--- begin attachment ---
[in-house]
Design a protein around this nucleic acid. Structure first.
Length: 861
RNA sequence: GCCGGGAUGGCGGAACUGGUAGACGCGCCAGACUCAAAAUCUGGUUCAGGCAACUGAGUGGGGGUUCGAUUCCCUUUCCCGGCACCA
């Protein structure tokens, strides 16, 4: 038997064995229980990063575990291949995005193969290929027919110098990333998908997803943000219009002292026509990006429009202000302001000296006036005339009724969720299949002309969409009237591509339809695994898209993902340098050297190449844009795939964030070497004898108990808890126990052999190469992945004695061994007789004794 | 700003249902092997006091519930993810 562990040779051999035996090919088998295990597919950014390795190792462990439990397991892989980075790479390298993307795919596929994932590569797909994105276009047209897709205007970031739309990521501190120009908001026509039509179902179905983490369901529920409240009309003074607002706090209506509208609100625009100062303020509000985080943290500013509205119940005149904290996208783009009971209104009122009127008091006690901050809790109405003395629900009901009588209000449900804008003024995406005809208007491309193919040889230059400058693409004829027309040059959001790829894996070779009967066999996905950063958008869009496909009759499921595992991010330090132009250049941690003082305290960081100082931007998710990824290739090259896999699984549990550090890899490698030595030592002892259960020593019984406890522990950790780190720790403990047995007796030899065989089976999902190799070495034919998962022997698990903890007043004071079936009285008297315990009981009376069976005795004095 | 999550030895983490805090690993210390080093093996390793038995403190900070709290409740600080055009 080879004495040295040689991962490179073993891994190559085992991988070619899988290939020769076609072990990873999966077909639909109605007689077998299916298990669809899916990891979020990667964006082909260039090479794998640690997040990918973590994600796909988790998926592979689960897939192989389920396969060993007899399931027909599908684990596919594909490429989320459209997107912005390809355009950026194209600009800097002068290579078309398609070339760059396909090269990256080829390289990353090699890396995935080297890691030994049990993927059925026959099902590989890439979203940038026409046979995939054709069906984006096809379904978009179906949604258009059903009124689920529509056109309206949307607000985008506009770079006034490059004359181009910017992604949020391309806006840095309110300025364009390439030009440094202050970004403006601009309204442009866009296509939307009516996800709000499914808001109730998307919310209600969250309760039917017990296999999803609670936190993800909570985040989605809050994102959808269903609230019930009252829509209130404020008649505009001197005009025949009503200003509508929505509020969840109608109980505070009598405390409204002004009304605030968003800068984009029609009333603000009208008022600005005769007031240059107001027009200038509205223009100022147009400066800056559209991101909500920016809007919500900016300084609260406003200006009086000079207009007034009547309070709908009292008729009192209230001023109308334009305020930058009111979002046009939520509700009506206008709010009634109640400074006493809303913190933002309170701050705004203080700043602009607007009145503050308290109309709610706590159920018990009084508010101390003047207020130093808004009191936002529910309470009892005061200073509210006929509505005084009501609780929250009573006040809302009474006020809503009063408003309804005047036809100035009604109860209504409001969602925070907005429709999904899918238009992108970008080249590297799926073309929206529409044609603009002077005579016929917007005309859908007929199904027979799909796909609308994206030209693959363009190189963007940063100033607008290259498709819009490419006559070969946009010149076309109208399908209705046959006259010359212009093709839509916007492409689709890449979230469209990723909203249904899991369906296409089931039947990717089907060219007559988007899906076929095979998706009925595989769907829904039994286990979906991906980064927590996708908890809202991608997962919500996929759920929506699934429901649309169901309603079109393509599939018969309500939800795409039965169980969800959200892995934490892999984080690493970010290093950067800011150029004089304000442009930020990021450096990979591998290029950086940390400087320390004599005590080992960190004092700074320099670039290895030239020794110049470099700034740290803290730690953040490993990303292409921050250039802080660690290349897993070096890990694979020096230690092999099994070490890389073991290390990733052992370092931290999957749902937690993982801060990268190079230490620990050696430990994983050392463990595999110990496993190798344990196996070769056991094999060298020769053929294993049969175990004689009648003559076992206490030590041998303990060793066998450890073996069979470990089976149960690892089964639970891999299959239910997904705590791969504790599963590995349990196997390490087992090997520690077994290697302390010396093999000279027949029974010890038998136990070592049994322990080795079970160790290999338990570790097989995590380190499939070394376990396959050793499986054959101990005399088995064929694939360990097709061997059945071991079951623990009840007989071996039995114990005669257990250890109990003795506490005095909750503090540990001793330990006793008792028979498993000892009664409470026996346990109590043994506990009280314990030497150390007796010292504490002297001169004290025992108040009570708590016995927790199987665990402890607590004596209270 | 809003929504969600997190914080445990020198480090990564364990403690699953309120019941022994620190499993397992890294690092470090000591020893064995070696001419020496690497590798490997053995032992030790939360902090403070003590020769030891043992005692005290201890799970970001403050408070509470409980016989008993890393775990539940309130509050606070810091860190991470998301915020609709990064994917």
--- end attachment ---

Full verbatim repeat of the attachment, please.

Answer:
[in-house]
Design a protein around this nucleic acid. Structure first.
Length: 861
RNA sequence: GCCGGGAUGGCGGAACUGGUAGACGCGCCAGACUCAAAAUCUGGUUCAGGCAACUGAGUGGGGGUUCGAUUCCCUUUCCCGGCACCA
């Protein structure tokens, strides 16, 4: 038997064995229980990063575990291949995005193969290929027919110098990333998908997803943000219009002292026509990006429009202000302001000296006036005339009724969720299949002309969409009237591509339809695994898209993902340098050297190449844009795939964030070497004898108990808890126990052999190469992945004695061994007789004794 | 700003249902092997006091519930993810 562990040779051999035996090919088998295990597919950014390795190792462990439990397991892989980075790479390298993307795919596929994932590569797909994105276009047209897709205007970031739309990521501190120009908001026509039509179902179905983490369901529920409240009309003074607002706090209506509208609100625009100062303020509000985080943290500013509205119940005149904290996208783009009971209104009122009127008091006690901050809790109405003395629900009901009588209000449900804008003024995406005809208007491309193919040889230059400058693409004829027309040059959001790829894996070779009967066999996905950063958008869009496909009759499921595992991010330090132009250049941690003082305290960081100082931007998710990824290739090259896999699984549990550090890899490698030595030592002892259960020593019984406890522990950790780190720790403990047995007796030899065989089976999902190799070495034919998962022997698990903890007043004071079936009285008297315990009981009376069976005795004095 | 999550030895983490805090690993210390080093093996390793038995403190900070709290409740600080055009 080879004495040295040689991962490179073993891994190559085992991988070619899988290939020769076609072990990873999966077909639909109605007689077998299916298990669809899916990891979020990667964006082909260039090479794998640690997040990918973590994600796909988790998926592979689960897939192989389920396969060993007899399931027909599908684990596919594909490429989320459209997107912005390809355009950026194209600009800097002068290579078309398609070339760059396909090269990256080829390289990353090699890396995935080297890691030994049990993927059925026959099902590989890439979203940038026409046979995939054709069906984006096809379904978009179906949604258009059903009124689920529509056109309206949307607000985008506009770079006034490059004359181009910017992604949020391309806006840095309110300025364009390439030009440094202050970004403006601009309204442009866009296509939307009516996800709000499914808001109730998307919310209600969250309760039917017990296999999803609670936190993800909570985040989605809050994102959808269903609230019930009252829509209130404020008649505009001197005009025949009503200003509508929505509020969840109608109980505070009598405390409204002004009304605030968003800068984009029609009333603000009208008022600005005769007031240059107001027009200038509205223009100022147009400066800056559209991101909500920016809007919500900016300084609260406003200006009086000079207009007034009547309070709908009292008729009192209230001023109308334009305020930058009111979002046009939520509700009506206008709010009634109640400074006493809303913190933002309170701050705004203080700043602009607007009145503050308290109309709610706590159920018990009084508010101390003047207020130093808004009191936002529910309470009892005061200073509210006929509505005084009501609780929250009573006040809302009474006020809503009063408003309804005047036809100035009604109860209504409001969602925070907005429709999904899918238009992108970008080249590297799926073309929206529409044609603009002077005579016929917007005309859908007929199904027979799909796909609308994206030209693959363009190189963007940063100033607008290259498709819009490419006559070969946009010149076309109208399908209705046959006259010359212009093709839509916007492409689709890449979230469209990723909203249904899991369906296409089931039947990717089907060219007559988007899906076929095979998706009925595989769907829904039994286990979906991906980064927590996708908890809202991608997962919500996929759920929506699934429901649309169901309603079109393509599939018969309500939800795409039965169980969800959200892995934490892999984080690493970010290093950067800011150029004089304000442009930020990021450096990979591998290029950086940390400087320390004599005590080992960190004092700074320099670039290895030239020794110049470099700034740290803290730690953040490993990303292409921050250039802080660690290349897993070096890990694979020096230690092999099994070490890389073991290390990733052992370092931290999957749902937690993982801060990268190079230490620990050696430990994983050392463990595999110990496993190798344990196996070769056991094999060298020769053929294993049969175990004689009648003559076992206490030590041998303990060793066998450890073996069979470990089976149960690892089964639970891999299959239910997904705590791969504790599963590995349990196997390490087992090997520690077994290697302390010396093999000279027949029974010890038998136990070592049994322990080795079970160790290999338990570790097989995590380190499939070394376990396959050793499986054959101990005399088995064929694939360990097709061997059945071991079951623990009840007989071996039995114990005669257990250890109990003795506490005095909750503090540990001793330990006793008792028979498993000892009664409470026996346990109590043994506990009280314990030497150390007796010292504490002297001169004290025992108040009570708590016995927790199987665990402890607590004596209270 | 809003929504969600997190914080445990020198480090990564364990403690699953309120019941022994620190499993397992890294690092470090000591020893064995070696001419020496690497590798490997053995032992030790939360902090403070003590020769030891043992005692005290201890799970970001403050408070509470409980016989008993890393775990539940309130509050606070810091860190991470998301915020609709990064994917």